Despite the vast amount of scholarship devoted to Hieronymus Bosch (c. 1450–1516), he remains one of the most mysterious artists of the northern Renaissance. The facts of his life can be established through documents: born in about 1450, he spent his career in ‘s Hertogenbosch. He married a wealthy woman and enjoyed high standing in his community. By the early sixteenth century, his moralizing and religious paintings had attracted the attention of some distinguished patrons, including Philip the Fair of Burgundy. Many of his works have been lost, leaving us with about twenty-five securely attributed paintings and even fewer drawings, all undated.(1) The precise meanings of many of his works remain elusive: the monstrous creatures and often bizarre iconography of his art are without precedent, though he had countless imitators throughout the sixteenth century.
The drawings attributed to Bosch over the years vary so wildly in style that art historians have attempted to define his style of draughtsmanship in part by studying the underdrawings in his most securely attributed paintings.(2) Even his underdrawings vary in style, encompassing a more finished and delicate technique as well as a rougher, sketchier approach that was highly unusual among northern artists of his time.(3) The Crocker drawing exhibits none of the expressive use of line found in Bosch’s work, however, and appears to be the work of a follower. Although Bosch evidently ran a workshop, its size and the identity of the people who worked with him remain unknown.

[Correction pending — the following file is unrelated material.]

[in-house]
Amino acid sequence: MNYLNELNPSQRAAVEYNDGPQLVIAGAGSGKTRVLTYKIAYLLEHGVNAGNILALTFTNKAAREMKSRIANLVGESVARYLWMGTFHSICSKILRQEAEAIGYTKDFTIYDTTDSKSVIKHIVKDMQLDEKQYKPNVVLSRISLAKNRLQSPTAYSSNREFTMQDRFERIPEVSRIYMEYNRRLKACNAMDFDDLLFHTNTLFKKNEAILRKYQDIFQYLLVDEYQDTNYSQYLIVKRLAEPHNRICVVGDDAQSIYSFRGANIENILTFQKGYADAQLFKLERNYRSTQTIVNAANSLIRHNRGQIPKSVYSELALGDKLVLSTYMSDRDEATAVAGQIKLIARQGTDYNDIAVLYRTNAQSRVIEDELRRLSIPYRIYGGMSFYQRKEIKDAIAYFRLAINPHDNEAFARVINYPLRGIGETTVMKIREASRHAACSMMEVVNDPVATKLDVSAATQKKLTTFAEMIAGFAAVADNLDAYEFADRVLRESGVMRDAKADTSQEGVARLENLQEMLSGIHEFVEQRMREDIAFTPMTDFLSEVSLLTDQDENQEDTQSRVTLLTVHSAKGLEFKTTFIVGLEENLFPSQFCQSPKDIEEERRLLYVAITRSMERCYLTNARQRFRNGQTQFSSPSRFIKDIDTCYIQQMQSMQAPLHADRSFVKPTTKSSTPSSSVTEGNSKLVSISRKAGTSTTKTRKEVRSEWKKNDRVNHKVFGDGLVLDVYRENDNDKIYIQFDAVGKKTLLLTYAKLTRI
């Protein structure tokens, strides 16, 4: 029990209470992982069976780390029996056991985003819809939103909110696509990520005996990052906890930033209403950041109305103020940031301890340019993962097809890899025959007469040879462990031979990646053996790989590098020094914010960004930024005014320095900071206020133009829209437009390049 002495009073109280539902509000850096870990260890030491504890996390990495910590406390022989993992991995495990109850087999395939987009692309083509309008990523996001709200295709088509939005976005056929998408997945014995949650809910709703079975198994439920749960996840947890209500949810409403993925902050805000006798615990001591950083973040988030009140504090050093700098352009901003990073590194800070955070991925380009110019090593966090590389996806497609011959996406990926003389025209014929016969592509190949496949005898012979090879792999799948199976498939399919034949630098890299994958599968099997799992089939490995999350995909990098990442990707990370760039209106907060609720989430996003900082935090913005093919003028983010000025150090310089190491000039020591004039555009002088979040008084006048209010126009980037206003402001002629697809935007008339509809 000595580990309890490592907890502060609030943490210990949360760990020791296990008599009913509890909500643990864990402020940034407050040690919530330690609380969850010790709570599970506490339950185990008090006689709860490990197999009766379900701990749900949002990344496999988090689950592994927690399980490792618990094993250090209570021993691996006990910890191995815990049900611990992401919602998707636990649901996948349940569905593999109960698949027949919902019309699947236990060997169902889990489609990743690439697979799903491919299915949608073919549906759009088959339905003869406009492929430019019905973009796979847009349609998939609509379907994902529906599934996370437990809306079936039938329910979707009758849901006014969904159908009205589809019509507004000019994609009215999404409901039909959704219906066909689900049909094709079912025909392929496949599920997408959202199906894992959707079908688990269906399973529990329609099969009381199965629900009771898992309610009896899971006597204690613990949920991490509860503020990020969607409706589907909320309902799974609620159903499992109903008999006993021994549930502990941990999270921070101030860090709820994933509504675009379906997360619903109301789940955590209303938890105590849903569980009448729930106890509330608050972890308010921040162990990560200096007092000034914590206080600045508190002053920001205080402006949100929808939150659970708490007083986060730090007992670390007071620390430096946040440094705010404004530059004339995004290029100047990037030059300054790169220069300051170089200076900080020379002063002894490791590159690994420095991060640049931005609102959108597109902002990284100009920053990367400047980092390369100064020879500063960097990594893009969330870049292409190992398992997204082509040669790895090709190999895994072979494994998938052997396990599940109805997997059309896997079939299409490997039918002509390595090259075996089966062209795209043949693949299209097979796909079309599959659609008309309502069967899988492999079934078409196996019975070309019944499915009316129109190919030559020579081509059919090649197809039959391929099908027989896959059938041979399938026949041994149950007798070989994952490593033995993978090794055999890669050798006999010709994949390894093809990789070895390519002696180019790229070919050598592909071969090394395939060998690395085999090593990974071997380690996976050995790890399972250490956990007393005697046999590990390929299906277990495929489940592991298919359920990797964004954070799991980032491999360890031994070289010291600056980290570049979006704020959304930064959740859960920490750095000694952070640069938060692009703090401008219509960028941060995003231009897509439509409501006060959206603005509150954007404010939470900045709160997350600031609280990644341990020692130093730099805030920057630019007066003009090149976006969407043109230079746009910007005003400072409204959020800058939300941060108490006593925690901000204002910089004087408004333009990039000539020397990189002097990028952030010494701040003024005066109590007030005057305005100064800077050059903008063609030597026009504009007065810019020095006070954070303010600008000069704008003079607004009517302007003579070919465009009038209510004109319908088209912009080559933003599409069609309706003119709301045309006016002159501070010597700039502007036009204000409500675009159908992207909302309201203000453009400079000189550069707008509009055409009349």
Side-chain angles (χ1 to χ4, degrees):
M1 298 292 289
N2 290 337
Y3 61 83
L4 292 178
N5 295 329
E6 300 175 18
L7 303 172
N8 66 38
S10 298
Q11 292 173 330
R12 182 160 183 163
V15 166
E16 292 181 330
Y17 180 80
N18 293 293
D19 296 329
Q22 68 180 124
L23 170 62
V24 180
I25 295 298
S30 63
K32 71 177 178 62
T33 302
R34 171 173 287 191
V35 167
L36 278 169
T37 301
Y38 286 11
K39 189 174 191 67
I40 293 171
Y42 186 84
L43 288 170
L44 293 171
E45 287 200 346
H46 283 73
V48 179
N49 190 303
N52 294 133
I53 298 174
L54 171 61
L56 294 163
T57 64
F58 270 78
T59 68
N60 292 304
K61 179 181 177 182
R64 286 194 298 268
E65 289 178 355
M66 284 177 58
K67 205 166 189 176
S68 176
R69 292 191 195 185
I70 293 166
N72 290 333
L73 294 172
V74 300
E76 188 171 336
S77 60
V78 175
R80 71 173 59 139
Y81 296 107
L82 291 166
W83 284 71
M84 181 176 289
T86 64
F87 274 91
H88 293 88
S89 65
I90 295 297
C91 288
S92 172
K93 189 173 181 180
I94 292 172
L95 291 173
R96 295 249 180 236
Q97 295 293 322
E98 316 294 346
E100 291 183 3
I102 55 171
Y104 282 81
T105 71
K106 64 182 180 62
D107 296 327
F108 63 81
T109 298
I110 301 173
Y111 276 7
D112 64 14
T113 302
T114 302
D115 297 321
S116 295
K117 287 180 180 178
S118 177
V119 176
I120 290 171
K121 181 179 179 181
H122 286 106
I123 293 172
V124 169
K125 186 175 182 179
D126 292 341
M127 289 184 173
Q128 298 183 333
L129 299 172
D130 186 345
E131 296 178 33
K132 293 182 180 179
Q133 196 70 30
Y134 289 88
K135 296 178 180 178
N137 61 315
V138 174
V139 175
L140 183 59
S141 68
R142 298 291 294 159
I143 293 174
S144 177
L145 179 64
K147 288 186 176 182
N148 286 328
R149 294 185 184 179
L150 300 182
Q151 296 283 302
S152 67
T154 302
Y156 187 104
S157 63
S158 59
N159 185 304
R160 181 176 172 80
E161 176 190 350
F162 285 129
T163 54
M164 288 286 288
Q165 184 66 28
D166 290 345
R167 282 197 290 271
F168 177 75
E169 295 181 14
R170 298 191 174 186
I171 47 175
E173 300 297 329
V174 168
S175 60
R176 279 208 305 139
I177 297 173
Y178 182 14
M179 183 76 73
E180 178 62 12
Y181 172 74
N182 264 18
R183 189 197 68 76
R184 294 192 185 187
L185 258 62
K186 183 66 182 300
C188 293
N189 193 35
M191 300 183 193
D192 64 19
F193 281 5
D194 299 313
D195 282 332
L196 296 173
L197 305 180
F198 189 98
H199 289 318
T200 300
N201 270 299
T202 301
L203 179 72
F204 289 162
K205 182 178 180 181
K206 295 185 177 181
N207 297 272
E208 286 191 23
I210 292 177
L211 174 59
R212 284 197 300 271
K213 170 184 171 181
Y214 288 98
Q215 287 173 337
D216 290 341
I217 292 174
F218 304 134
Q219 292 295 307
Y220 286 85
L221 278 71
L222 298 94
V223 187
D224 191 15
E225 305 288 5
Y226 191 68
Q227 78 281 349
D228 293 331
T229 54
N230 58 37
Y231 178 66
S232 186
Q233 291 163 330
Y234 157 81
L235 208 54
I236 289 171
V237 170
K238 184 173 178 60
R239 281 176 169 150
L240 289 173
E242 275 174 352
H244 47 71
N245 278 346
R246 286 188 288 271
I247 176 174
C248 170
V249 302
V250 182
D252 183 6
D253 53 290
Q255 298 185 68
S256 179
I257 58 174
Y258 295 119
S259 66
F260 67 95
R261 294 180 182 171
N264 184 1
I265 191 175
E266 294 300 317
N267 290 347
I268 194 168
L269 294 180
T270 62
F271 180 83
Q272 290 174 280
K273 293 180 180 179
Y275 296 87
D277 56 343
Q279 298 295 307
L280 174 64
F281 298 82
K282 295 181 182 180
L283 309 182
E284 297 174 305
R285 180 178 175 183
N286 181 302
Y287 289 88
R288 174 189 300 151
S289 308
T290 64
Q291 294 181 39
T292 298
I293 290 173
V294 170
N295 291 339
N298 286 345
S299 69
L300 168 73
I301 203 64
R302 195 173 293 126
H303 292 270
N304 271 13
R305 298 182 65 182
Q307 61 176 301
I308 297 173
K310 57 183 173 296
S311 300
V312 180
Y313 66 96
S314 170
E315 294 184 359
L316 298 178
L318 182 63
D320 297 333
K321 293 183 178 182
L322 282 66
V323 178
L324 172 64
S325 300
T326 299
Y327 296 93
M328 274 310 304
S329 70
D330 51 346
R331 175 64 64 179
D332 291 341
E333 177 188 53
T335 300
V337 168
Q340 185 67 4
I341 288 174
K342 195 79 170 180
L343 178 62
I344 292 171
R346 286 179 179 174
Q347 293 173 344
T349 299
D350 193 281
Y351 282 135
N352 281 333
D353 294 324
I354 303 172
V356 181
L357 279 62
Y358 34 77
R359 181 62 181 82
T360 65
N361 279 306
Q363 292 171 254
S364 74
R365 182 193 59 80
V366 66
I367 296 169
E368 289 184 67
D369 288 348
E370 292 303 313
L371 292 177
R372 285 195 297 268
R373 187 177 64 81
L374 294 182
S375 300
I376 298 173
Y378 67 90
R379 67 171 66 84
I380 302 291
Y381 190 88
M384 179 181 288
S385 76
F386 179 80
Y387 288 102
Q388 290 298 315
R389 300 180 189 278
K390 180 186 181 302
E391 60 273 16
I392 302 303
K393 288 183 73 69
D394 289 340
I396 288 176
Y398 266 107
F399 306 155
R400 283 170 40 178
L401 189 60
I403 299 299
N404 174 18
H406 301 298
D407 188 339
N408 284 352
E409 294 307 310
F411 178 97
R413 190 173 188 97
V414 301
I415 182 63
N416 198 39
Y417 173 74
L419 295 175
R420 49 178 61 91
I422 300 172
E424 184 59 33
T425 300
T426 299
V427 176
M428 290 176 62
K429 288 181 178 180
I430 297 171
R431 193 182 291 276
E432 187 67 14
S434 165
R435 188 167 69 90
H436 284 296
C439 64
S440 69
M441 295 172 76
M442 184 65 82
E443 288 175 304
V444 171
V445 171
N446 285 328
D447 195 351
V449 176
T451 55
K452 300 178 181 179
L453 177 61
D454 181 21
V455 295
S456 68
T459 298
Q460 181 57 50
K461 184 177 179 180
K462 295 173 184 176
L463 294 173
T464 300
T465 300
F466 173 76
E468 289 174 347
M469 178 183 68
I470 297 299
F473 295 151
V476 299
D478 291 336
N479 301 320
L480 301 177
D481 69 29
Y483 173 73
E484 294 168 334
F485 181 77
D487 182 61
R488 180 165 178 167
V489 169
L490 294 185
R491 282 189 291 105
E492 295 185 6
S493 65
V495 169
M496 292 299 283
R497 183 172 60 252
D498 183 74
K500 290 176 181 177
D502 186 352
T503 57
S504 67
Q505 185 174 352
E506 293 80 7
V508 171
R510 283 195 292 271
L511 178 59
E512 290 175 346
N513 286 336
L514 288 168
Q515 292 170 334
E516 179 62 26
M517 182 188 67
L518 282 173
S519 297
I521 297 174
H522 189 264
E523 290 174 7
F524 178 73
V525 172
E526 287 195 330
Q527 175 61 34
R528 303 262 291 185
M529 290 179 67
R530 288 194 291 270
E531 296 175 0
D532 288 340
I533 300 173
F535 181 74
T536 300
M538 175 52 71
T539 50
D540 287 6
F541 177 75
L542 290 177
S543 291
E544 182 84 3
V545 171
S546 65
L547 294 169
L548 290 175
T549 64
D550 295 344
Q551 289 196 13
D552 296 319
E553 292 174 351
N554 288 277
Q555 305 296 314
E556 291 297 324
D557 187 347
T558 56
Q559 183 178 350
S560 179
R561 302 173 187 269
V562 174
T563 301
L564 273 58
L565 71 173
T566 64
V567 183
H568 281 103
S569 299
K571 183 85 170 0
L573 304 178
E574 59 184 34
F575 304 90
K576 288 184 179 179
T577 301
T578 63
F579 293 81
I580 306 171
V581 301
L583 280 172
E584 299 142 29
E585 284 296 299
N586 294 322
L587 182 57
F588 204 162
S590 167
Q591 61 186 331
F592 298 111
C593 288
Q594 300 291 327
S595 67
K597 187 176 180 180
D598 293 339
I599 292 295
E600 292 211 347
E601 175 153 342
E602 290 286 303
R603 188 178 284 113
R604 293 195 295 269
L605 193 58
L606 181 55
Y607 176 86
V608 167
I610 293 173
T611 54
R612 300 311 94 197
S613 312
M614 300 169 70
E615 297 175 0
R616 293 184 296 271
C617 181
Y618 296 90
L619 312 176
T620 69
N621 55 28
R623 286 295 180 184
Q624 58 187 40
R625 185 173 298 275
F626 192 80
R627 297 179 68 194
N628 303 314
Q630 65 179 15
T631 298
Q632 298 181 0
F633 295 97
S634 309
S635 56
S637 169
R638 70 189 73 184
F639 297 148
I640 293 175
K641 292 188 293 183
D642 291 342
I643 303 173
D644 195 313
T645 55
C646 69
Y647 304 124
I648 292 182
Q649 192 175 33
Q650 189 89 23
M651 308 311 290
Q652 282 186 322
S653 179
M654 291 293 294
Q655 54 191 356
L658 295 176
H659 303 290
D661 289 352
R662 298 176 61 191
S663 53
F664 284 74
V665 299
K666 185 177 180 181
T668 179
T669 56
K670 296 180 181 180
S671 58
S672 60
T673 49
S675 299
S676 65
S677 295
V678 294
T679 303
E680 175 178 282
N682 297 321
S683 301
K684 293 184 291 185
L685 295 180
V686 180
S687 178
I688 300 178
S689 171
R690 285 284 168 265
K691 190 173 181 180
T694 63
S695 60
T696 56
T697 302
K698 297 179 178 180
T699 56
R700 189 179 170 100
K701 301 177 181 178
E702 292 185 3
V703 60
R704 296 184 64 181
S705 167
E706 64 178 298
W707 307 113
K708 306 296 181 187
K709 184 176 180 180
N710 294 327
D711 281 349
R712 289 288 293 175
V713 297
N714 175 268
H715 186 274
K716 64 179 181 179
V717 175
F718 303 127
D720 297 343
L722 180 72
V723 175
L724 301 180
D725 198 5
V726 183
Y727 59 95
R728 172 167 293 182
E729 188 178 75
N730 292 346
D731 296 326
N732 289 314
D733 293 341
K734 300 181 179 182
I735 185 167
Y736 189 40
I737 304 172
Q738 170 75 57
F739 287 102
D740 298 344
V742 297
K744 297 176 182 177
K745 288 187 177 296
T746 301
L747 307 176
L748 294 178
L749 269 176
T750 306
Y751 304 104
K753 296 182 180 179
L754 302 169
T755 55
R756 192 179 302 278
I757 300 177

In addition to the main subject matter in the foreground, the artist depicted other scenes from the Passion in the background, including the suicide of Judas and Christ presented to the people in the upper left. The latter scene paraphrases a painting, sometimes attributed to Bosch but more likely by a follower, now in the Philadelphia Museum of Art. Based on this relationship, Frédéric Elsig has attributed the drawing to the “Maitre du panneau double-face de Valenciennes,”(4) This attribution seems tenuous, however: there is no reason to assume that the Crocker drawing is a preparatory study for the painting. In fact, its somewhat tentative draughtsmanship would instead suggest the work of a copyist.
The delicate draughtsmanship and lyrical lines of Christ Carrying the Cross form a striking contrast with the cruelty of the subject matter. As in paintings of the same subject by Bosch and his followers (5) the figures are crammed into the foreground, creating a sense of immediacy, as though the viewer is a participant in the event rather than an observer. The composition combined with the freakish appearance of the crowd lends a hallucinatory quality to the drawing, as Christ is completely engulfed by monstrous faces. Although he drawing participates in a long tradition in Northern Renaissance art of depicting Christ’s tormentors as bestially ugly,(6) the fanciful costumes, the figure types, and the monstrous demons in the background make it clear that this artist was looking specifically at Bosch’s art.Stacey Sell, in William Breazeale, with Cara Denison, Stacey Sell, and Freyda Spira, A Pioneering Collection: Master Drawings from the Crocker Art Museum, exh. cat. Sacramento and tour, 2010